When coworkers treat each other badly, it’s not just morale that can suffer – so, too, can the company’s bottom line. That’s the conclusion of a recent study by the University of North Carolina at Chapel Hill’s Kenan-Flagler Business School on the effects of incivility at work.
The study surveyed 775 people across a variety of industries and company sizes who were targets of incivility on the job. Examples of uncivil behaviour included sending a nasty and demeaning note, making accusations about a lack of knowledge, undermining credibility in front of others and shouting at someone.
Respondents described their reactions to such incidents in the chart below. Only one-fourth were satisfied with the way their organization handled the situation, suggesting that leaders need to make some changes.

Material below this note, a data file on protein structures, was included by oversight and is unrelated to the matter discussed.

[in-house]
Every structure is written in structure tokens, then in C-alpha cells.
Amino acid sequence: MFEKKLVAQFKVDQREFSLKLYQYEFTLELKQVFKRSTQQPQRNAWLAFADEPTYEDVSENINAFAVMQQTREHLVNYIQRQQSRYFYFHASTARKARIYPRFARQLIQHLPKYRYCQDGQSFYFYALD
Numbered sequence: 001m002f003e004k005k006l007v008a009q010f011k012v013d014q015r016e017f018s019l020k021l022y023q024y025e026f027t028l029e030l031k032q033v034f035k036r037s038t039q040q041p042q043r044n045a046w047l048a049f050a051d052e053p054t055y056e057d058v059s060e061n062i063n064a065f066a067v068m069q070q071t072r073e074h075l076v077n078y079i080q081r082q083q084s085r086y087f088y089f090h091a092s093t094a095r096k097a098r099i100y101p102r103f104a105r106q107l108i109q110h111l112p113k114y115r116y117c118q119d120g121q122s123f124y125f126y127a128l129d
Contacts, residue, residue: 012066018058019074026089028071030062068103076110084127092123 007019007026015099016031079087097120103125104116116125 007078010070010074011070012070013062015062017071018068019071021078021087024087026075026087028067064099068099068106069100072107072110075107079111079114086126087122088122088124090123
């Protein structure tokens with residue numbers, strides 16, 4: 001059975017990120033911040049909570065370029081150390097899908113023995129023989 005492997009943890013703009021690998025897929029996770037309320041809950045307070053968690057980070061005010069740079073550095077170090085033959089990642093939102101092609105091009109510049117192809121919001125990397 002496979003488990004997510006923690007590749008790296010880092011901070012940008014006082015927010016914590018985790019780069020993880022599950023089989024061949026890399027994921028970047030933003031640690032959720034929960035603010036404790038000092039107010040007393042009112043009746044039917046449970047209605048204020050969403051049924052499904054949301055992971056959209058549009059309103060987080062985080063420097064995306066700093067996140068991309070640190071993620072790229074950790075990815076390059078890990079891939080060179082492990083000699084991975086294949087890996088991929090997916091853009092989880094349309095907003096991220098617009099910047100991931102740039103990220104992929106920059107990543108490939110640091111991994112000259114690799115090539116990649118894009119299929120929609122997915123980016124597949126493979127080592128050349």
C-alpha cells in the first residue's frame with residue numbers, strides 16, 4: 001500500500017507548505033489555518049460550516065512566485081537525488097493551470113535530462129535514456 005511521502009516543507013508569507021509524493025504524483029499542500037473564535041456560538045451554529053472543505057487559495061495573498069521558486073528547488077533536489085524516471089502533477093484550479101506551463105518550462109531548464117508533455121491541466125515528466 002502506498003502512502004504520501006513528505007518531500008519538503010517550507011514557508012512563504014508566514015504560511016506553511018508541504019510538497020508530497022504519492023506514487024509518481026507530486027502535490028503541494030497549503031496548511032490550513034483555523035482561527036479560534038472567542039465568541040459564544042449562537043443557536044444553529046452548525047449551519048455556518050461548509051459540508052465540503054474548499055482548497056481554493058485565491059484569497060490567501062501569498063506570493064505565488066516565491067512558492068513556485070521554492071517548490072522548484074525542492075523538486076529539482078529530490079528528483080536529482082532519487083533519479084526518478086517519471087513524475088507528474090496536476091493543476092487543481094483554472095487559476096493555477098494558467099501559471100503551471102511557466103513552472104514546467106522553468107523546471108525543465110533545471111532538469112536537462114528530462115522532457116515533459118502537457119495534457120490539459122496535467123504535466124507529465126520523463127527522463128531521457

“Be aware there is a high cost to workplace incivility,” says Christine Pearson, professor of management at UNC and author of the study. Many instances of uncivil behaviour go unreported, she adds.
“In IT, especially, there is a tendency to look the other way if the instigator is especially valuable on the technical end,” Pearson notes. But it’s in leaders’ best interests to listen to employees who report such problems and to take action. Particularly in IT, where demand for workers so greatly exceeds the supply, Pearson warns that those affected can easily get fed up and find another job.
When Incivility Strikes
For 775 people surveyed who were targets of rudeness at work, the result was more than just hurt feelings:
• 28 per cent lost work time avoiding the instigator
• 53 per cent lost work time worrying about the incident or future interactions
• 37 per cent believed their commitment to the organization declined
• 22 per cent decreased their effort at work
• 10 per cent decreased the amount of time they spent at work
• 46 per cent contemplated changing jobs to avoid the instigator
• 12 per cent actually changed jobs to avoid the instigator
Source: University of North Carolina at Chapel Hill